On the back of the body are the other controls, with dedicated buttons for exposure lock, movie record, menu and metering above the directional pad. This directional pad is surrounded by a scroll wheel which can be used to scroll through images or adjust the aperture setting in A or M mode. The 4 directional buttons are used to navigate menus and to control the display, the flash, the AF and the ISO. An OK button in the center is used to select a menu option or finalize the choice of a list item.

Below this are two more dedicated buttons for playback and accessing the function menu.

Buttons Photo 1
Buttons Photo 2

The TL500 offers two different types of menu: the function menu and the main menu. The function menu is accessed by pressing the Fn button, and contains options that directly relate to the shooting process, such as image size, ISO, white balance, etc. The idea is that it makes these easily accessible, and it generally works well, although the list does get rather long when shooting in one of the manual or priority modes.

The other menu is the main menu that is accessed by pressing the menu button, which provides access to all of the camera features. This is divided into 5 sections: camera, movie, sound, display and settings. Again, the system works well, but there are a lot of options on each of the tabs, and finding the ones that you want is often confusing; the bracketing setting is on the bottom page of the camera options, for instance.

The TL500 comes with a basic, but adequate, printed quick start manual. On the included CD is a more in depth user manual. Both of these are pretty good, explaining the features of this somewhat complex camera in good detail.

These two cameras take a slightly different approach to the business of taking photos, with the SD4000 keeping the control mostly in the cameras hands while the TL500 offers more manual controls. The flip side of this is size: the SD4000 is much smaller, lighter and easier to carry around, folding down to just 0.93 inches thick when not in use. By comparison, the TL500 is a big, bulky thing that weighs more and is much larger.

But the TL500 does have something to counterbalance this weight issue: a much better lens with an f/1.8 aperture that makes for more light gathering ability, and a bigger, better LCD screen. The TL500 was also the better performer overall in our tests, with much lower noise, sharper images and more effective image stabilization. The only area where the SD4000 performed better was in capturing movies: it can capture 720p high definition video, while the TL500 is limited to 640 by 480 standard definition.


Both cameras are aimed at serious users who want flexibility and features, with both offering full manual control and a range of features that will appeal to creative users. But the two cameras take a different approach otherwise, with the S90 offering a control dial around the lens that makes it feel like a shrunken SLR while the TL500 offers a rotating screen and a plethora of buttons. Both offer good manual controls, though, allowing you to tweak both aperture and shutter speed at the same time (a real blessing for manual mode shooting) and to quickly go from manual control to automated point & shooting if required.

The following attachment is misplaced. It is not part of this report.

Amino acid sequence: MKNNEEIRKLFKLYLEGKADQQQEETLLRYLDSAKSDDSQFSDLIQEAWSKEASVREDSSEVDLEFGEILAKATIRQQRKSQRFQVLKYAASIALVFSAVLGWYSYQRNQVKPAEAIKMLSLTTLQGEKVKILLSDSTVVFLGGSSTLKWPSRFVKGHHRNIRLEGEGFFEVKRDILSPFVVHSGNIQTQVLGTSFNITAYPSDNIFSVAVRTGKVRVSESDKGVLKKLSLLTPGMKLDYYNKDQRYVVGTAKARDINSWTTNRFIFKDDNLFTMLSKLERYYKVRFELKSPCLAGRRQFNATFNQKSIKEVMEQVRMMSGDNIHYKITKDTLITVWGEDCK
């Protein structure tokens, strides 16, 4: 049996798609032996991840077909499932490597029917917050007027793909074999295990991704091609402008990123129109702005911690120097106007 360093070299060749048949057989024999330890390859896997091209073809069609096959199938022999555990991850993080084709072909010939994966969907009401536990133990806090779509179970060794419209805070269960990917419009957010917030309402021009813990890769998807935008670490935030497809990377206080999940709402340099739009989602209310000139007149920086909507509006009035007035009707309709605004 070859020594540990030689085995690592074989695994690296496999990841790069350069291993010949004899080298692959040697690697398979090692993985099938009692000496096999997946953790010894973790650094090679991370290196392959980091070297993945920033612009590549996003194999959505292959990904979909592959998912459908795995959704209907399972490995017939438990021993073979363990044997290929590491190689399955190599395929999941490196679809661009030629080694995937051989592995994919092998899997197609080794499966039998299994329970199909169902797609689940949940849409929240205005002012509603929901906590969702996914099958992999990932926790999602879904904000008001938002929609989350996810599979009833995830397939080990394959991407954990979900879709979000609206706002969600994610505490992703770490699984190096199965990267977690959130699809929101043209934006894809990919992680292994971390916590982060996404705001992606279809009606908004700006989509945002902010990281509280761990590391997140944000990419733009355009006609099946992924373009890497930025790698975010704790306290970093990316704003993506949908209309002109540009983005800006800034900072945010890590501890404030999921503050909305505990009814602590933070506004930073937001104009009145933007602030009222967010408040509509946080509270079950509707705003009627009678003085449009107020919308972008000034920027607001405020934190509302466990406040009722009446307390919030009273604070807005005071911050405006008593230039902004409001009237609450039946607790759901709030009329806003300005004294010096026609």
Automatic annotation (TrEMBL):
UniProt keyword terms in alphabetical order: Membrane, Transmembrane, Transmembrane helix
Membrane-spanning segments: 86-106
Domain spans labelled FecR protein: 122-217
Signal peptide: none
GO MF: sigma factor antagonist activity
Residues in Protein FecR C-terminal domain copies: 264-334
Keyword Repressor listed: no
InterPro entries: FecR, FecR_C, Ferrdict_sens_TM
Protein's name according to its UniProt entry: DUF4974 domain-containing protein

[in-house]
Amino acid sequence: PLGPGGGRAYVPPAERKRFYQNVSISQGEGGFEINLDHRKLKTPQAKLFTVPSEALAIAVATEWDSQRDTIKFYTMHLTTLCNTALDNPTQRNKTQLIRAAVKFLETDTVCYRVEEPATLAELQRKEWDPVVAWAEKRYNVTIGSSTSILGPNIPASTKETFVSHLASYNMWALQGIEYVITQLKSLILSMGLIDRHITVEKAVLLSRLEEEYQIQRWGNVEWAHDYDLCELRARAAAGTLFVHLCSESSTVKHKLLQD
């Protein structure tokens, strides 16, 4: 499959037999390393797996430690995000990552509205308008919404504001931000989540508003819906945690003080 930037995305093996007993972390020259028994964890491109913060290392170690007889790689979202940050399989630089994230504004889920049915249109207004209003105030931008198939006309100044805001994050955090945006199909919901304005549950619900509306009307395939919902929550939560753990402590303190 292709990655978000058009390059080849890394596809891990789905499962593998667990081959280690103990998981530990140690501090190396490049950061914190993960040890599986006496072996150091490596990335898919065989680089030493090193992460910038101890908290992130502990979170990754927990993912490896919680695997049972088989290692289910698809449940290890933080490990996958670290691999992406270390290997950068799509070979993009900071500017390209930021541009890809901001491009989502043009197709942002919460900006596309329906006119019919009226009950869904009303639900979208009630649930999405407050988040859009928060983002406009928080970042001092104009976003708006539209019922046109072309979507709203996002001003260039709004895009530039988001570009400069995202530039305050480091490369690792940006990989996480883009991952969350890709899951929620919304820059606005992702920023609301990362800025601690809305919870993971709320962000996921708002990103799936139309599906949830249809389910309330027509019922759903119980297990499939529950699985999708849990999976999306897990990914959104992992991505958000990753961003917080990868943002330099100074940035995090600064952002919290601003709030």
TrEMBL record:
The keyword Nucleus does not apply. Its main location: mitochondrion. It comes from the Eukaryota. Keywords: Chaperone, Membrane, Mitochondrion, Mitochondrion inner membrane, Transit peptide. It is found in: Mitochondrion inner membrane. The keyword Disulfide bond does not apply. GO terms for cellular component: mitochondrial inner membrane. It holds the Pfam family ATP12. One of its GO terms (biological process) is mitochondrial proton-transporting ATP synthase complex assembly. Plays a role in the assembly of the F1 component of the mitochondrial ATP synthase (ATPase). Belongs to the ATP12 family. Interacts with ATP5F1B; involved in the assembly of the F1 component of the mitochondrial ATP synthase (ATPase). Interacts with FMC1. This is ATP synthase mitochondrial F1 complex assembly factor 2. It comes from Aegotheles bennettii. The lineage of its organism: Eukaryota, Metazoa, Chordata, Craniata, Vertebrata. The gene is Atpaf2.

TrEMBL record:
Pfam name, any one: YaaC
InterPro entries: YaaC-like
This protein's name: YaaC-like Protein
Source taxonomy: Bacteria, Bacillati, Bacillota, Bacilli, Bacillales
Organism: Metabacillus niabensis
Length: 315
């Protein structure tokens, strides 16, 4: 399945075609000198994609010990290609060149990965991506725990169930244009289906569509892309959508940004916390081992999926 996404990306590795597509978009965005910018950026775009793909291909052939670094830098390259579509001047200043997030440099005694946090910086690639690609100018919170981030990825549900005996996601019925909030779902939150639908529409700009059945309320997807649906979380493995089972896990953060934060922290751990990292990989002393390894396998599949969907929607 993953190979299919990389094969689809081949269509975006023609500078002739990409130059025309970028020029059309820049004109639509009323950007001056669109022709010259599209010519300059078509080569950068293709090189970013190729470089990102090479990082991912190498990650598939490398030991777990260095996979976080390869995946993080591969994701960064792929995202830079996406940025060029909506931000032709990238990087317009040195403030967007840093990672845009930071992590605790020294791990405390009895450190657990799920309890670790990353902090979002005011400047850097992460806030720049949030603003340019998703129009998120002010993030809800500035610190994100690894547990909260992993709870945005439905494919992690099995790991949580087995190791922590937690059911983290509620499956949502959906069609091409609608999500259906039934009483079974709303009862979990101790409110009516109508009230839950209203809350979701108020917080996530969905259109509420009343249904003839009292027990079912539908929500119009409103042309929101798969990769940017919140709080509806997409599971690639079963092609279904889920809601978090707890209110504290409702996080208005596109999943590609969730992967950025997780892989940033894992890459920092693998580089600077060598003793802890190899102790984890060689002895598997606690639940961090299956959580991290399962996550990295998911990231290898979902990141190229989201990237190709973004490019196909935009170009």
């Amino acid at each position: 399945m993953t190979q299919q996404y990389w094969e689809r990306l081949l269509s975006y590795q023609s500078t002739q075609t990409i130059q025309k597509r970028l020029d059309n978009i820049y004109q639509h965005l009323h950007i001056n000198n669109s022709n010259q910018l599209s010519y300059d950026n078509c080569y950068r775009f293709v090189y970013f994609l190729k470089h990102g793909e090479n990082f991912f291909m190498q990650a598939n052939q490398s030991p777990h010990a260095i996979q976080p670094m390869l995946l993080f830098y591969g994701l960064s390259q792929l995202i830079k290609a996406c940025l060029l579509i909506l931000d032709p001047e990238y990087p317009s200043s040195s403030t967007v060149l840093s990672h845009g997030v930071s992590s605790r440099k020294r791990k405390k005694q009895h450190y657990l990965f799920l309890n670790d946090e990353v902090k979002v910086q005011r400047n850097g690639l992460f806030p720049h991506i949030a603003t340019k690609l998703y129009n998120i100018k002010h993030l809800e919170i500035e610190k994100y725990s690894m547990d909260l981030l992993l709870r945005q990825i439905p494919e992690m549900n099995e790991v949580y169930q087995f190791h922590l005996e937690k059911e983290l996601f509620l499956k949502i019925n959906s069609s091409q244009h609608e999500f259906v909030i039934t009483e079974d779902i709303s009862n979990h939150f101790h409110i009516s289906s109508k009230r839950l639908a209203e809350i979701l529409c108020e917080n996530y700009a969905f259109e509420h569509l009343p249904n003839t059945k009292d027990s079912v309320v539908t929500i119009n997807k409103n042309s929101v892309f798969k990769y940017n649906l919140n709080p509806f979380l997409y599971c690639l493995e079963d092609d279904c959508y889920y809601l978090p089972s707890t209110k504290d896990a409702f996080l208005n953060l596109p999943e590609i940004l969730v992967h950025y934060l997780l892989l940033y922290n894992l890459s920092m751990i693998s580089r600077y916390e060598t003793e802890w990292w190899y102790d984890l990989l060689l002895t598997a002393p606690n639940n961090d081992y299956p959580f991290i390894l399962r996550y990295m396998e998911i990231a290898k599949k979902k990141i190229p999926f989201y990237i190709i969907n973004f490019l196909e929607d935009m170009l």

The TX7 is a slim, sexy supermodel compared to the TL500, but that's perhaps an unfair comparison. While the TX7 offers a number of useful shooting features (such as the low light and panorama modes), it doesn't offer a full manual control or a lens anywhere near as good as the one on the TL500. Perhaps we should put it this way: if you don't know what a full manual mode and wide aperture means, you'll be happy with the TX7, which is a sophisticated, high quality point & shoot camera. But if you do know what manual mode is and why a wide aperture is a good thing, the TL500 might be the better pick.


There is a lot to like with the TL500: serious shooters will love the f/1.8 lens, the full manual control and the rotating OLED screen. But there are also a few things missing, such as high def movie capture and the sleek looks of many other compact cameras.

We were impressed with the performance of the TL500, which scored highly in most of our tests, and especially highly in our noise and resolution tests. The images that we shot were very low in noise across the ISO range, remaining acceptable up to the maximum ISO of 3200. The noise was noticeable at the higher ISO levels, but was significantly lower than other cameras. We also found that the captured images were very sharp, with great levels of detail and little artifacting across the frame.

But there are a few things that we miss. Although the f/1.8 lens has a very good wide angle setting (equivalent to a 24mm), it does not have a long zoom range, maxing out at the relatively short equivalent of 72mm. Samsung does offer an adapter that makes this wide angle even wider, but there is no equivalent adapter to get you any closer to the action. And while the OLED screen looks great, the TL500 is rather let down by only capturing standard definition video.

Meet the tester

Richard Baguley

Richard Baguley



Richard Baguley is a valued contributor to the Reviewed.com family of sites.

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We use standardized and scientific testing methods to scrutinize every product and provide you with objectively accurate results. If you’ve found different results in your own research, email us and we’ll compare notes. If it looks substantial, we’ll gladly re-test a product to try and reproduce these results. After all, peer reviews are a critical part of any scientific process.